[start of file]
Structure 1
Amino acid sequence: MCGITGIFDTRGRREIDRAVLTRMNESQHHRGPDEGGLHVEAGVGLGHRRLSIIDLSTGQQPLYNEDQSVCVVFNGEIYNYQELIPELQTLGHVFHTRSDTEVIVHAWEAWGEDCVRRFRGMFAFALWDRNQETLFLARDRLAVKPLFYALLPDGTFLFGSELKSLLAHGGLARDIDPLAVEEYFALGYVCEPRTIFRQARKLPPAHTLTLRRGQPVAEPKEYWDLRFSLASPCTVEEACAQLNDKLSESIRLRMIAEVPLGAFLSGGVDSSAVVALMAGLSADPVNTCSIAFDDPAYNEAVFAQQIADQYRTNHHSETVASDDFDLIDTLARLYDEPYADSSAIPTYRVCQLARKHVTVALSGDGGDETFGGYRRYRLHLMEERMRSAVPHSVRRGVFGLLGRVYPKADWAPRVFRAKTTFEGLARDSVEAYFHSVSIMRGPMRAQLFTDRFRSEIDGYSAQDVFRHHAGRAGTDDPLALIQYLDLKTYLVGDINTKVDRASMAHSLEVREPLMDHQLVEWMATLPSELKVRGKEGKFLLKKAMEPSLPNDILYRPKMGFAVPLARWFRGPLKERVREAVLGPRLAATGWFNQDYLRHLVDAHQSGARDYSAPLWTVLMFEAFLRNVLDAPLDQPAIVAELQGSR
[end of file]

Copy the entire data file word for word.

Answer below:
Structure 1
Amino acid sequence: MCGITGIFDTRGRREIDRAVLTRMNESQHHRGPDEGGLHVEAGVGLGHRRLSIIDLSTGQQPLYNEDQSVCVVFNGEIYNYQELIPELQTLGHVFHTRSDTEVIVHAWEAWGEDCVRRFRGMFAFALWDRNQETLFLARDRLAVKPLFYALLPDGTFLFGSELKSLLAHGGLARDIDPLAVEEYFALGYVCEPRTIFRQARKLPPAHTLTLRRGQPVAEPKEYWDLRFSLASPCTVEEACAQLNDKLSESIRLRMIAEVPLGAFLSGGVDSSAVVALMAGLSADPVNTCSIAFDDPAYNEAVFAQQIADQYRTNHHSETVASDDFDLIDTLARLYDEPYADSSAIPTYRVCQLARKHVTVALSGDGGDETFGGYRRYRLHLMEERMRSAVPHSVRRGVFGLLGRVYPKADWAPRVFRAKTTFEGLARDSVEAYFHSVSIMRGPMRAQLFTDRFRSEIDGYSAQDVFRHHAGRAGTDDPLALIQYLDLKTYLVGDINTKVDRASMAHSLEVREPLMDHQLVEWMATLPSELKVRGKEGKFLLKKAMEPSLPNDILYRPKMGFAVPLARWFRGPLKERVREAVLGPRLAATGWFNQDYLRHLVDAHQSGARDYSAPLWTVLMFEAFLRNVLDAPLDQPAIVAELQGSR